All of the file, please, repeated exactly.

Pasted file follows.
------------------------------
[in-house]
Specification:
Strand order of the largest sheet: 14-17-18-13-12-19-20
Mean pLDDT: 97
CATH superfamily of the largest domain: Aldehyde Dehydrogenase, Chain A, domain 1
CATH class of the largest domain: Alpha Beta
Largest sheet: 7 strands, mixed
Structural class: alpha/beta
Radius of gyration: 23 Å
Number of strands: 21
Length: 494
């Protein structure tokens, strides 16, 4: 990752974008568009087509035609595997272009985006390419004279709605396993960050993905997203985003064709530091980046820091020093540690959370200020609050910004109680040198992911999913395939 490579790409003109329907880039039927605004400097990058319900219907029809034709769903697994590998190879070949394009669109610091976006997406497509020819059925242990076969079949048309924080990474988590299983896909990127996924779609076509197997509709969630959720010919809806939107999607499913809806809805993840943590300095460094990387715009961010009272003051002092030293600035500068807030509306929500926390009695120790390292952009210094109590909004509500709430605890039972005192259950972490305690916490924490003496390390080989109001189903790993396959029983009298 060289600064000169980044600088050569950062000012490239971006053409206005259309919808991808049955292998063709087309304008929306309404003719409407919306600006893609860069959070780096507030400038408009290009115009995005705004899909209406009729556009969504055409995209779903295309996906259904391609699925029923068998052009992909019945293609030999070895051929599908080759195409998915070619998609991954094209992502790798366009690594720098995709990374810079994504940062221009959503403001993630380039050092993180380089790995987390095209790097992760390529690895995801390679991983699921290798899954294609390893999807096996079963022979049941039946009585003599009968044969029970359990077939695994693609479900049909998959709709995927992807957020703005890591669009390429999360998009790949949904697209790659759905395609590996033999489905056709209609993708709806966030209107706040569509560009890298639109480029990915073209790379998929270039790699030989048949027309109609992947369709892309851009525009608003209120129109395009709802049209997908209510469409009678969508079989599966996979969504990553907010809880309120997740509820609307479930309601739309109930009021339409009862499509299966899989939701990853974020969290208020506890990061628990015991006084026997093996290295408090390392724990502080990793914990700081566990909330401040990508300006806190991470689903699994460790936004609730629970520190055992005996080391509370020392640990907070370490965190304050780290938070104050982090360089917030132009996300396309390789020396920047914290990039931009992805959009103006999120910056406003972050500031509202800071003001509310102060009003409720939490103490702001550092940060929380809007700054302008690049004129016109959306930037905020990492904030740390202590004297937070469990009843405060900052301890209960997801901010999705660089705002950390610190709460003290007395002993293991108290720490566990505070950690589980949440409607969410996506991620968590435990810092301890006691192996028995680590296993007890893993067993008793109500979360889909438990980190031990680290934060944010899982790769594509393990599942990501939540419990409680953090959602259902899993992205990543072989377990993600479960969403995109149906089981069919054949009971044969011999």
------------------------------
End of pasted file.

[in-house]
Specification:
Strand order of the largest sheet: 14-17-18-13-12-19-20
Mean pLDDT: 97
CATH superfamily of the largest domain: Aldehyde Dehydrogenase, Chain A, domain 1
CATH class of the largest domain: Alpha Beta
Largest sheet: 7 strands, mixed
Structural class: alpha/beta
Radius of gyration: 23 Å
Number of strands: 21
Length: 494
């Protein structure tokens, strides 16, 4: 990752974008568009087509035609595997272009985006390419004279709605396993960050993905997203985003064709530091980046820091020093540690959370200020609050910004109680040198992911999913395939 490579790409003109329907880039039927605004400097990058319900219907029809034709769903697994590998190879070949394009669109610091976006997406497509020819059925242990076969079949048309924080990474988590299983896909990127996924779609076509197997509709969630959720010919809806939107999607499913809806809805993840943590300095460094990387715009961010009272003051002092030293600035500068807030509306929500926390009695120790390292952009210094109590909004509500709430605890039972005192259950972490305690916490924490003496390390080989109001189903790993396959029983009298 060289600064000169980044600088050569950062000012490239971006053409206005259309919808991808049955292998063709087309304008929306309404003719409407919306600006893609860069959070780096507030400038408009290009115009995005705004899909209406009729556009969504055409995209779903295309996906259904391609699925029923068998052009992909019945293609030999070895051929599908080759195409998915070619998609991954094209992502790798366009690594720098995709990374810079994504940062221009959503403001993630380039050092993180380089790995987390095209790097992760390529690895995801390679991983699921290798899954294609390893999807096996079963022979049941039946009585003599009968044969029970359990077939695994693609479900049909998959709709995927992807957020703005890591669009390429999360998009790949949904697209790659759905395609590996033999489905056709209609993708709806966030209107706040569509560009890298639109480029990915073209790379998929270039790699030989048949027309109609992947369709892309851009525009608003209120129109395009709802049209997908209510469409009678969508079989599966996979969504990553907010809880309120997740509820609307479930309601739309109930009021339409009862499509299966899989939701990853974020969290208020506890990061628990015991006084026997093996290295408090390392724990502080990793914990700081566990909330401040990508300006806190991470689903699994460790936004609730629970520190055992005996080391509370020392640990907070370490965190304050780290938070104050982090360089917030132009996300396309390789020396920047914290990039931009992805959009103006999120910056406003972050500031509202800071003001509310102060009003409720939490103490702001550092940060929380809007700054302008690049004129016109959306930037905020990492904030740390202590004297937070469990009843405060900052301890209960997801901010999705660089705002950390610190709460003290007395002993293991108290720490566990505070950690589980949440409607969410996506991620968590435990810092301890006691192996028995680590296993007890893993067993008793109500979360889909438990980190031990680290934060944010899982790769594509393990599942990501939540419990409680953090959602259902899993992205990543072989377990993600479960969403995109149906089981069919054949009971044969011999």